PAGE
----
To put the matter a bit differently: a declining death rate will emerge as a consequence of an improved standard of living and system of economic organization, and improvements in medical technology; however, in order to have a declining birth rate, while it helps to have declining mortality, it is also necessary that there be changing socioeconomic conditions and changing values conducive to low fertility.

Observers of the transition have often argued that considerable time is required before strongly pronatalist values change. However, declines in fertility in a number of developing countries in Asia and Latin America over the past 25-30 years suggests that the hysteresis of pronatalist values may not be as strong as implied by historical (19th century) experience in Europe and other industrialized countries.

A related issue of current interest here, particularly in sub-Saharan Africa, is the impact of economic decline on fertility behavior. Some scholars have raised the possibility of crisis-induced fertility transitions (cf., "nos enfants sont nos richesses" vs. "it costs a lot to send your kids to school"), and there is some evidence of at least short-term effects of adverse economic conditions contributing to reduced fertility, operating via delays in entry to marriage and in rates of first births.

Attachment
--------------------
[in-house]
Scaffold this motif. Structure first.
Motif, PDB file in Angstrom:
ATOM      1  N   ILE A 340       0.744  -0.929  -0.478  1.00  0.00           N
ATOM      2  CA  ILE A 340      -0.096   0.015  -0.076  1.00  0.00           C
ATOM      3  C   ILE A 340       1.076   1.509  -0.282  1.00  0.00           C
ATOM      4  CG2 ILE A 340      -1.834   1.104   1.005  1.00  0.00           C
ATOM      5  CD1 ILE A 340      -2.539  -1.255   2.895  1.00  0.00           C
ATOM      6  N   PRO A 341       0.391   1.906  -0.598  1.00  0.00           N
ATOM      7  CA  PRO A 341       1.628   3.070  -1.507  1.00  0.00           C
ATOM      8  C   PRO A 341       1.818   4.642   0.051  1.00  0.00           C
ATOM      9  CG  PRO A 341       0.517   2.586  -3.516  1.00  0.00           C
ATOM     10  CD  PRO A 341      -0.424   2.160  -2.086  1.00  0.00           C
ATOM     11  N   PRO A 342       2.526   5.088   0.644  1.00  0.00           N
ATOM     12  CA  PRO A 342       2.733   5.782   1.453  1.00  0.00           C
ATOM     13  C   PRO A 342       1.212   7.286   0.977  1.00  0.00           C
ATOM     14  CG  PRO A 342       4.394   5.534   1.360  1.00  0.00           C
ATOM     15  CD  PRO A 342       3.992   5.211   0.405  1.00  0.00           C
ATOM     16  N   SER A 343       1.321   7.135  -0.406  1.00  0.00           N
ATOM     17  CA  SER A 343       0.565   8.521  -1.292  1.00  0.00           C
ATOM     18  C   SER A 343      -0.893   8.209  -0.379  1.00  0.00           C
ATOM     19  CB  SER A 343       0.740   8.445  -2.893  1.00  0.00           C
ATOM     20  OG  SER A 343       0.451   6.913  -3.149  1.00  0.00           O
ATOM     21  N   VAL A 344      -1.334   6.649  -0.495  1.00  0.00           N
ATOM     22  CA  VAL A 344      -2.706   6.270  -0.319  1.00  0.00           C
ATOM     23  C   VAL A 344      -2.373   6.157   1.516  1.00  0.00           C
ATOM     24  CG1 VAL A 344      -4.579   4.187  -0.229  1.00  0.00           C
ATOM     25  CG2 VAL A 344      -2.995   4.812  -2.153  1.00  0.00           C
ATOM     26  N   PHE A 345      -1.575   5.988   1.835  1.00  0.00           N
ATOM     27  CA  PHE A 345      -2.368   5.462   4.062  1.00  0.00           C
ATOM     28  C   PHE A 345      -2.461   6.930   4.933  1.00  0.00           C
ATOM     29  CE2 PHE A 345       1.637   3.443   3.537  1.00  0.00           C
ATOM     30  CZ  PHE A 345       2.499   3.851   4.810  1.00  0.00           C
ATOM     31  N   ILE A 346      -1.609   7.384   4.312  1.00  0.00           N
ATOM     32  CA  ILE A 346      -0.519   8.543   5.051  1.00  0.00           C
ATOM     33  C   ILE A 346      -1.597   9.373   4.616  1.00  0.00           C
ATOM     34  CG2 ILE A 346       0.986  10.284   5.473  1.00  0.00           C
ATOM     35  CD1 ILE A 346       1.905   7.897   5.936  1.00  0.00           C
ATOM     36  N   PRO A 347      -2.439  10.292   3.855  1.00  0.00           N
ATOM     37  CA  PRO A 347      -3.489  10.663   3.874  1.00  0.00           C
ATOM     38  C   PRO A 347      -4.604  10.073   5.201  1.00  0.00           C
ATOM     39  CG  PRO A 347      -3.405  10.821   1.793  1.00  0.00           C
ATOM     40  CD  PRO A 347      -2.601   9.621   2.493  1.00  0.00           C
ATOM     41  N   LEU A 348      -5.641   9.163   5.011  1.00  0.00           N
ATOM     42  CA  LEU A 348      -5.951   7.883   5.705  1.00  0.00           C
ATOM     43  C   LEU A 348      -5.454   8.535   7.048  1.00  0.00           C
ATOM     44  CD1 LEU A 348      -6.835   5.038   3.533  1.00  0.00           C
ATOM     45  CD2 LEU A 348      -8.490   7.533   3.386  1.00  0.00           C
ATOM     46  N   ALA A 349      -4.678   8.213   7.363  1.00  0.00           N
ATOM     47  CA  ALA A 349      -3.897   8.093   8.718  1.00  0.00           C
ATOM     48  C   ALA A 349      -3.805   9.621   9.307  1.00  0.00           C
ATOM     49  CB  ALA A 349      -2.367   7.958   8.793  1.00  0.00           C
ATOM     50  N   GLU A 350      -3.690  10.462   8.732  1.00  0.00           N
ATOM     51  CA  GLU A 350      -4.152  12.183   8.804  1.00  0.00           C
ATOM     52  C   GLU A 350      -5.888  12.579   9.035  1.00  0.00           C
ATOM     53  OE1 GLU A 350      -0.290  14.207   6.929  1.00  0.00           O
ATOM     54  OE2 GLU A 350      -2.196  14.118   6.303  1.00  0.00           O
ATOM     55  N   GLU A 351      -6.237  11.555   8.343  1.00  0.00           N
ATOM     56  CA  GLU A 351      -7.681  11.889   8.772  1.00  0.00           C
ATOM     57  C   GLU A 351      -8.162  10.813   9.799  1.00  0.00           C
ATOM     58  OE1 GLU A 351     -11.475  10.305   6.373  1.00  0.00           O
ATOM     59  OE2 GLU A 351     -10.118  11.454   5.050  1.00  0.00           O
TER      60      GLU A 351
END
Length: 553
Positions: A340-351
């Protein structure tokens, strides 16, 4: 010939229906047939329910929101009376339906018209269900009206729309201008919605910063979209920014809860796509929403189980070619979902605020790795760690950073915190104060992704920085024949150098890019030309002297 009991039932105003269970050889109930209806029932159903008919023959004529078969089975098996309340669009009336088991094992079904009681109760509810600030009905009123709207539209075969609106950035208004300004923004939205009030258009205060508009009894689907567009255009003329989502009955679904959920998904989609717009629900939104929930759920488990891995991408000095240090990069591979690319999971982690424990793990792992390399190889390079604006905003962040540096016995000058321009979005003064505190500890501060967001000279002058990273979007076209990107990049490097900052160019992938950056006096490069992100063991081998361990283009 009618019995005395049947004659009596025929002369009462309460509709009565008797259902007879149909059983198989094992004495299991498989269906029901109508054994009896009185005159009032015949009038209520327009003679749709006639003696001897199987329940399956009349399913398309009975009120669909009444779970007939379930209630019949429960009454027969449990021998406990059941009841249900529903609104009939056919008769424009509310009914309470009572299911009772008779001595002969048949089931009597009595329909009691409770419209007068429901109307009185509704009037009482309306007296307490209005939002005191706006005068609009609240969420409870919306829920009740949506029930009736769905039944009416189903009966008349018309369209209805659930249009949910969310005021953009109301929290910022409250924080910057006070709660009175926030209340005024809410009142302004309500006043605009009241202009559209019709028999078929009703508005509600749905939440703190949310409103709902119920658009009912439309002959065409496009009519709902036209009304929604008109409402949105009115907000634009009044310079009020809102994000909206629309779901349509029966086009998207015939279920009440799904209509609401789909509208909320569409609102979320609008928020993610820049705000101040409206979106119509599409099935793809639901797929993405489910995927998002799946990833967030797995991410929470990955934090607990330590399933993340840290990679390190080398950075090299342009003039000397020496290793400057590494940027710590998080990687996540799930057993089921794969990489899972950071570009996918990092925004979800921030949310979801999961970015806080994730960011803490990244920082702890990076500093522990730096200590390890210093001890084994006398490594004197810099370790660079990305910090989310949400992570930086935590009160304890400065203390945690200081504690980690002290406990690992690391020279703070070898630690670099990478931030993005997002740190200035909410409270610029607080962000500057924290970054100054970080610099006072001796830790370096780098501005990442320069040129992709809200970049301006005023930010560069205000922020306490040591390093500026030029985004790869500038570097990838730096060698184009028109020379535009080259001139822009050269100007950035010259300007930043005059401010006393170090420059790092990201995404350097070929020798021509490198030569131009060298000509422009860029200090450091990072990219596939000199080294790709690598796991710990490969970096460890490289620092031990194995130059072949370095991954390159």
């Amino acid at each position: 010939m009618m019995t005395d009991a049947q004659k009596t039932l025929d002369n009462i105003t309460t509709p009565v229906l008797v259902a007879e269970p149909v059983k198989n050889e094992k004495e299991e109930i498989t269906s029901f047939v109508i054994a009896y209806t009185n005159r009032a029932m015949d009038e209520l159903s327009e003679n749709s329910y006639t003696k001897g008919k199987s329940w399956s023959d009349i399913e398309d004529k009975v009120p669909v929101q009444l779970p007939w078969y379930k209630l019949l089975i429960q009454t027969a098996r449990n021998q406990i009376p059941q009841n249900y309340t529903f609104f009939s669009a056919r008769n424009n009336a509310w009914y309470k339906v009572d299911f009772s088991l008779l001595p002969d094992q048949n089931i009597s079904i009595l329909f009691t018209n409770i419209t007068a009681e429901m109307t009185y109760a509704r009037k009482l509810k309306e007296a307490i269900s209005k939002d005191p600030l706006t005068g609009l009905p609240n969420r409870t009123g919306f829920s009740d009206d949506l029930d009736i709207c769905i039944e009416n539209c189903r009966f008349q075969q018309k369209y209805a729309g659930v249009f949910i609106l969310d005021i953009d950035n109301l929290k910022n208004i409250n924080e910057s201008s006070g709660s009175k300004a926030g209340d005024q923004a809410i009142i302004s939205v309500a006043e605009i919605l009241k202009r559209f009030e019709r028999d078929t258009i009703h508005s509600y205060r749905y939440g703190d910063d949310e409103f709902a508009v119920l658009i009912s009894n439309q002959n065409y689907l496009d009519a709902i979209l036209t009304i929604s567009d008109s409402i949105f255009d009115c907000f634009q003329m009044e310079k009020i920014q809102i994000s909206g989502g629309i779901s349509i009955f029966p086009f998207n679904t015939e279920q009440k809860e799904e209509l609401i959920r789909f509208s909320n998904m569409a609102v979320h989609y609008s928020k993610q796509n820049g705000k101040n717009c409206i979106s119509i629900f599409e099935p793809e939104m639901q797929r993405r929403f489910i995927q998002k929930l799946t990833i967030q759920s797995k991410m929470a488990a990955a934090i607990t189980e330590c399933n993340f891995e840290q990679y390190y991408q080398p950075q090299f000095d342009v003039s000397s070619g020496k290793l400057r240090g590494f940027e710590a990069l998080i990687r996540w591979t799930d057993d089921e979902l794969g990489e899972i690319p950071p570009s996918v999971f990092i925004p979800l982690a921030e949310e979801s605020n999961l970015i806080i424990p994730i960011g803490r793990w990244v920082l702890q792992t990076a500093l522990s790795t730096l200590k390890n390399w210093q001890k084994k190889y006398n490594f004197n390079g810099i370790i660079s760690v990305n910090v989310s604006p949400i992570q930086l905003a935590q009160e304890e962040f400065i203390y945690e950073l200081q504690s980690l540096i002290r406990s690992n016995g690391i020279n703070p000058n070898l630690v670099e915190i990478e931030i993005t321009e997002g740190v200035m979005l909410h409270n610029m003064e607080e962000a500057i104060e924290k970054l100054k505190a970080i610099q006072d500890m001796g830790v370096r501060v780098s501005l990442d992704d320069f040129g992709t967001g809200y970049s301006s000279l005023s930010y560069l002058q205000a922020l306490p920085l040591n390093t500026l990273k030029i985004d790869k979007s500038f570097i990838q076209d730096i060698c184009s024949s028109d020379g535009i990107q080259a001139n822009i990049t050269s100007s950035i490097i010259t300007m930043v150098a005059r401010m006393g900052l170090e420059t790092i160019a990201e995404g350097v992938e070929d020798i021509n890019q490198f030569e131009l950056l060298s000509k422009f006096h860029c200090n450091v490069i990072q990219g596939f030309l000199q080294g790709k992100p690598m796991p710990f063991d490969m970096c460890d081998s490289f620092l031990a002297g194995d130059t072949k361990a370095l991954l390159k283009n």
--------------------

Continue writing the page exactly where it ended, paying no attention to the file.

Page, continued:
In any case, there are two important consequences of the demographic transition that we need to consider. First is the emergence of sustained, historically unprecedented population growth.

Since the rate of natural increase of a population equals the difference between the birth rate and the death rate, the typical pattern of the transition as outlined above entails relatively rapid population growth from the onset of mortality decline until fertility falls to reach the level of mortality. Historically, the period during which this rapid growth took place often was several decades. Consequently, the resulting growth of population was, from an historical perspective, unprecedented and quite rapid.

A second important consequence of the demographic transition was a change in the age composition of populations. In particular, post-transition populations were distinctly older, on average, than pre-transition populations, with smaller proportions of young people and of dependents (young plus old).